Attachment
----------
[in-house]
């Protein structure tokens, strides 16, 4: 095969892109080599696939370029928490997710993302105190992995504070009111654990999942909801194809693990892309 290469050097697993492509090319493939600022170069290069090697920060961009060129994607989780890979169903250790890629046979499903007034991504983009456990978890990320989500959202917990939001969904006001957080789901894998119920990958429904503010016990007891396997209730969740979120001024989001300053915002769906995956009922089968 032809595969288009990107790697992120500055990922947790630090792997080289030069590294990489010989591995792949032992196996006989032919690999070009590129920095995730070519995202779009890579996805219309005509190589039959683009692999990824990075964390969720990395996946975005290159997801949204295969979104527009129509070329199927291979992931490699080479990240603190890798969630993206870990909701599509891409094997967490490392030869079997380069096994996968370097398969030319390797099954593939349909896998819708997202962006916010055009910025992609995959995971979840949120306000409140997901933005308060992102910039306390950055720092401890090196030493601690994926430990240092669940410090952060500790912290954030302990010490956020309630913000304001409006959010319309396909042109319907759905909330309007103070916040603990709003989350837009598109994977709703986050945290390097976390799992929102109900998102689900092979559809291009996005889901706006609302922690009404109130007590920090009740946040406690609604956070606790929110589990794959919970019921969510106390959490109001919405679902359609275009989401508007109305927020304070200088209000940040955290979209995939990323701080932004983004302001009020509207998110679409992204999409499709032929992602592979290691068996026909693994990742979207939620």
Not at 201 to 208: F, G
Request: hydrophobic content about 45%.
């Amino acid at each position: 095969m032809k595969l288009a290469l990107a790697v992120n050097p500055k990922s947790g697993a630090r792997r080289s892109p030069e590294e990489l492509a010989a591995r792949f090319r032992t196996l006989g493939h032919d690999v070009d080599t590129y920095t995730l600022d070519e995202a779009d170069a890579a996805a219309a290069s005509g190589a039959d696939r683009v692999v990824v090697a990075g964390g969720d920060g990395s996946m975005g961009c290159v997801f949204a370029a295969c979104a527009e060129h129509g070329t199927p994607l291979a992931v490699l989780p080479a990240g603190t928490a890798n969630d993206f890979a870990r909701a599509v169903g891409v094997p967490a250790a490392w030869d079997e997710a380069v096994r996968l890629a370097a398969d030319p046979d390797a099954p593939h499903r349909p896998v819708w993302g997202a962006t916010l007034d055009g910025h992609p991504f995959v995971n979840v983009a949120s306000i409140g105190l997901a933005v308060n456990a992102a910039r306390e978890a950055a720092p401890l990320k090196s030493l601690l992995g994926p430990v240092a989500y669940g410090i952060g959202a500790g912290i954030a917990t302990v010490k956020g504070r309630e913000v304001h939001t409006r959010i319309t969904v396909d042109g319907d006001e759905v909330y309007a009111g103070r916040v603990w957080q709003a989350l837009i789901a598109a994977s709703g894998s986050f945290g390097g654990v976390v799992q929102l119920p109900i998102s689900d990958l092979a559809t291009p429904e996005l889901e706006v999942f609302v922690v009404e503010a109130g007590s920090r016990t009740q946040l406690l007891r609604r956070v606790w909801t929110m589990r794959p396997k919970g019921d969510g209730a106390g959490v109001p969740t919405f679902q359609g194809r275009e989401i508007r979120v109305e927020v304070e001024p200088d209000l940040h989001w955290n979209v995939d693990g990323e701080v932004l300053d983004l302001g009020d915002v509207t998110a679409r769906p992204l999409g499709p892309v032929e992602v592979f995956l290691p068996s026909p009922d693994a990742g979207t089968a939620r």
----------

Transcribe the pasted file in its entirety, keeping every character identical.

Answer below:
[in-house]
């Protein structure tokens, strides 16, 4: 095969892109080599696939370029928490997710993302105190992995504070009111654990999942909801194809693990892309 290469050097697993492509090319493939600022170069290069090697920060961009060129994607989780890979169903250790890629046979499903007034991504983009456990978890990320989500959202917990939001969904006001957080789901894998119920990958429904503010016990007891396997209730969740979120001024989001300053915002769906995956009922089968 032809595969288009990107790697992120500055990922947790630090792997080289030069590294990489010989591995792949032992196996006989032919690999070009590129920095995730070519995202779009890579996805219309005509190589039959683009692999990824990075964390969720990395996946975005290159997801949204295969979104527009129509070329199927291979992931490699080479990240603190890798969630993206870990909701599509891409094997967490490392030869079997380069096994996968370097398969030319390797099954593939349909896998819708997202962006916010055009910025992609995959995971979840949120306000409140997901933005308060992102910039306390950055720092401890090196030493601690994926430990240092669940410090952060500790912290954030302990010490956020309630913000304001409006959010319309396909042109319907759905909330309007103070916040603990709003989350837009598109994977709703986050945290390097976390799992929102109900998102689900092979559809291009996005889901706006609302922690009404109130007590920090009740946040406690609604956070606790929110589990794959919970019921969510106390959490109001919405679902359609275009989401508007109305927020304070200088209000940040955290979209995939990323701080932004983004302001009020509207998110679409992204999409499709032929992602592979290691068996026909693994990742979207939620």
Not at 201 to 208: F, G
Request: hydrophobic content about 45%.
């Amino acid at each position: 095969m032809k595969l288009a290469l990107a790697v992120n050097p500055k990922s947790g697993a630090r792997r080289s892109p030069e590294e990489l492509a010989a591995r792949f090319r032992t196996l006989g493939h032919d690999v070009d080599t590129y920095t995730l600022d070519e995202a779009d170069a890579a996805a219309a290069s005509g190589a039959d696939r683009v692999v990824v090697a990075g964390g969720d920060g990395s996946m975005g961009c290159v997801f949204a370029a295969c979104a527009e060129h129509g070329t199927p994607l291979a992931v490699l989780p080479a990240g603190t928490a890798n969630d993206f890979a870990r909701a599509v169903g891409v094997p967490a250790a490392w030869d079997e997710a380069v096994r996968l890629a370097a398969d030319p046979d390797a099954p593939h499903r349909p896998v819708w993302g997202a962006t916010l007034d055009g910025h992609p991504f995959v995971n979840v983009a949120s306000i409140g105190l997901a933005v308060n456990a992102a910039r306390e978890a950055a720092p401890l990320k090196s030493l601690l992995g994926p430990v240092a989500y669940g410090i952060g959202a500790g912290i954030a917990t302990v010490k956020g504070r309630e913000v304001h939001t409006r959010i319309t969904v396909d042109g319907d006001e759905v909330y309007a009111g103070r916040v603990w957080q709003a989350l837009i789901a598109a994977s709703g894998s986050f945290g390097g654990v976390v799992q929102l119920p109900i998102s689900d990958l092979a559809t291009p429904e996005l889901e706006v999942f609302v922690v009404e503010a109130g007590s920090r016990t009740q946040l406690l007891r609604r956070v606790w909801t929110m589990r794959p396997k919970g019921d969510g209730a106390g959490v109001p969740t919405f679902q359609g194809r275009e989401i508007r979120v109305e927020v304070e001024p200088d209000l940040h989001w955290n979209v995939d693990g990323e701080v932004l300053d983004l302001g009020d915002v509207t998110a679409r769906p992204l999409g499709p892309v032929e992602v592979f995956l290691p068996s026909p009922d693994a990742g979207t089968a939620r």